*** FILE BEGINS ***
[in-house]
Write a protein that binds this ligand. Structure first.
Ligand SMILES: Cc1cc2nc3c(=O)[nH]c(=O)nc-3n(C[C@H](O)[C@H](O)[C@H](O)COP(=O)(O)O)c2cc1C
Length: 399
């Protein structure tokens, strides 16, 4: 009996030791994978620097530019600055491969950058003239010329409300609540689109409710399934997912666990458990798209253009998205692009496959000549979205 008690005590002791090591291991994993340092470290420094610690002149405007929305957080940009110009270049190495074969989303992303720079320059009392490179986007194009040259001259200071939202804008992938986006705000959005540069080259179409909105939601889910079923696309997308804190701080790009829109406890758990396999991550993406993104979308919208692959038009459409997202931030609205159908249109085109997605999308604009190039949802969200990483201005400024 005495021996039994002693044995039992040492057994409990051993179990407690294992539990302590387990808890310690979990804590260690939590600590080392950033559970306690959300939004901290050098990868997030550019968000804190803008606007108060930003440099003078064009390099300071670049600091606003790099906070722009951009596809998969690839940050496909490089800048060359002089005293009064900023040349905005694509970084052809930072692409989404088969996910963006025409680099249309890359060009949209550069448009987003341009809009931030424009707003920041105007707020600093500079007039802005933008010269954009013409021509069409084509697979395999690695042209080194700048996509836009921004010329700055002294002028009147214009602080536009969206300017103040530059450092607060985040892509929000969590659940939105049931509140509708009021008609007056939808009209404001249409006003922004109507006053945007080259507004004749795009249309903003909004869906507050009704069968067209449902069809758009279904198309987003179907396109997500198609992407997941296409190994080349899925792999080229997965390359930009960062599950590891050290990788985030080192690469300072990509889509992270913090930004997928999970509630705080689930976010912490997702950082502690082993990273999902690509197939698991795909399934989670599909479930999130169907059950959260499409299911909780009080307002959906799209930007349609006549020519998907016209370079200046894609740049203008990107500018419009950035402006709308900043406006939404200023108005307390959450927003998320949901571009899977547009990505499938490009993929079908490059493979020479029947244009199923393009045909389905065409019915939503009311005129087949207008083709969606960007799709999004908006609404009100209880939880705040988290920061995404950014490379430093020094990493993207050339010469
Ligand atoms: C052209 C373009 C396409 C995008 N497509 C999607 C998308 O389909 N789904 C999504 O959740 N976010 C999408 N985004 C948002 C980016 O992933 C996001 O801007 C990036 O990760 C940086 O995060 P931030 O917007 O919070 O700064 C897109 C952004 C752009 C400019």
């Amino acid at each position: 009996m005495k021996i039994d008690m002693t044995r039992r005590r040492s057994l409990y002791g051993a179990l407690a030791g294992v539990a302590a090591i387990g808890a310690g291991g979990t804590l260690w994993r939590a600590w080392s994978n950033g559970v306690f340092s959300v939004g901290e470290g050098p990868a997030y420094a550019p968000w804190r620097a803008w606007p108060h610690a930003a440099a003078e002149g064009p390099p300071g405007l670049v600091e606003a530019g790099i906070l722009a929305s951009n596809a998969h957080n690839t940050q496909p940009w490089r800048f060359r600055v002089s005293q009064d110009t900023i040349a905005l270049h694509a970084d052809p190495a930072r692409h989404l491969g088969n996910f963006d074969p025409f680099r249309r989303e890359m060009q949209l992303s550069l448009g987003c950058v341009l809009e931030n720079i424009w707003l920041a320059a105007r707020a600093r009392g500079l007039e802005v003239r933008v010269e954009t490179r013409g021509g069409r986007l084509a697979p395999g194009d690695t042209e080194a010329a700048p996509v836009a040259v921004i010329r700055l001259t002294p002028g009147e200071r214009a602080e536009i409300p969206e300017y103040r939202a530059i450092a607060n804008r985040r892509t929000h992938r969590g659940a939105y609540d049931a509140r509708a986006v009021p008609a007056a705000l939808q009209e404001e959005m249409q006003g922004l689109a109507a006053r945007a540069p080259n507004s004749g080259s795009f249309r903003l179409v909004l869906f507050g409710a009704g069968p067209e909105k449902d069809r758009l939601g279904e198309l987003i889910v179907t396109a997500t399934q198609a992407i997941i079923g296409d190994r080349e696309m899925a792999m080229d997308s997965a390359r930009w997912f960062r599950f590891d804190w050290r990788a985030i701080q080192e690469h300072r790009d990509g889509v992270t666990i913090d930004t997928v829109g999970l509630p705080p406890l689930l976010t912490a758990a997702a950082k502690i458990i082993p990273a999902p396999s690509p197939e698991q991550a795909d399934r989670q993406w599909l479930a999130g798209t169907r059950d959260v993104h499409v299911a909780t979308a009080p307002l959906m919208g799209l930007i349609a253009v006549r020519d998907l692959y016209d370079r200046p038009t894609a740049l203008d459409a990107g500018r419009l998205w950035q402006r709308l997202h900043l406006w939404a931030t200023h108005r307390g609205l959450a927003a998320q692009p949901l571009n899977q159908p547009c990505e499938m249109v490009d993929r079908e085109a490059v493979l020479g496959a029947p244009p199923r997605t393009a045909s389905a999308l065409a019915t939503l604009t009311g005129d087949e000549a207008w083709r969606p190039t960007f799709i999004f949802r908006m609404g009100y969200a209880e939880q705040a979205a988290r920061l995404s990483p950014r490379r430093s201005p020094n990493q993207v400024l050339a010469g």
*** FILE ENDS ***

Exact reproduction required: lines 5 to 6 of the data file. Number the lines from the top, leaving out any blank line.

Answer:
């Protein structure tokens, strides 16, 4: 009996030791994978620097530019600055491969950058003239010329409300609540689109409710399934997912666990458990798209253009998205692009496959000549979205 008690005590002791090591291991994993340092470290420094610690002149405007929305957080940009110009270049190495074969989303992303720079320059009392490179986007194009040259001259200071939202804008992938986006705000959005540069080259179409909105939601889910079923696309997308804190701080790009829109406890758990396999991550993406993104979308919208692959038009459409997202931030609205159908249109085109997605999308604009190039949802969200990483201005400024 005495021996039994002693044995039992040492057994409990051993179990407690294992539990302590387990808890310690979990804590260690939590600590080392950033559970306690959300939004901290050098990868997030550019968000804190803008606007108060930003440099003078064009390099300071670049600091606003790099906070722009951009596809998969690839940050496909490089800048060359002089005293009064900023040349905005694509970084052809930072692409989404088969996910963006025409680099249309890359060009949209550069448009987003341009809009931030424009707003920041105007707020600093500079007039802005933008010269954009013409021509069409084509697979395999690695042209080194700048996509836009921004010329700055002294002028009147214009602080536009969206300017103040530059450092607060985040892509929000969590659940939105049931509140509708009021008609007056939808009209404001249409006003922004109507006053945007080259507004004749795009249309903003909004869906507050009704069968067209449902069809758009279904198309987003179907396109997500198609992407997941296409190994080349899925792999080229997965390359930009960062599950590891050290990788985030080192690469300072990509889509992270913090930004997928999970509630705080689930976010912490997702950082502690082993990273999902690509197939698991795909399934989670599909479930999130169907059950959260499409299911909780009080307002959906799209930007349609006549020519998907016209370079200046894609740049203008990107500018419009950035402006709308900043406006939404200023108005307390959450927003998320949901571009899977547009990505499938490009993929079908490059493979020479029947244009199923393009045909389905065409019915939503009311005129087949207008083709969606960007799709999004908006609404009100209880939880705040988290920061995404950014490379430093020094990493993207050339010469
Ligand atoms: C052209 C373009 C396409 C995008 N497509 C999607 C998308 O389909 N789904 C999504 O959740 N976010 C999408 N985004 C948002 C980016 O992933 C996001 O801007 C990036 O990760 C940086 O995060 P931030 O917007 O919070 O700064 C897109 C952004 C752009 C400019």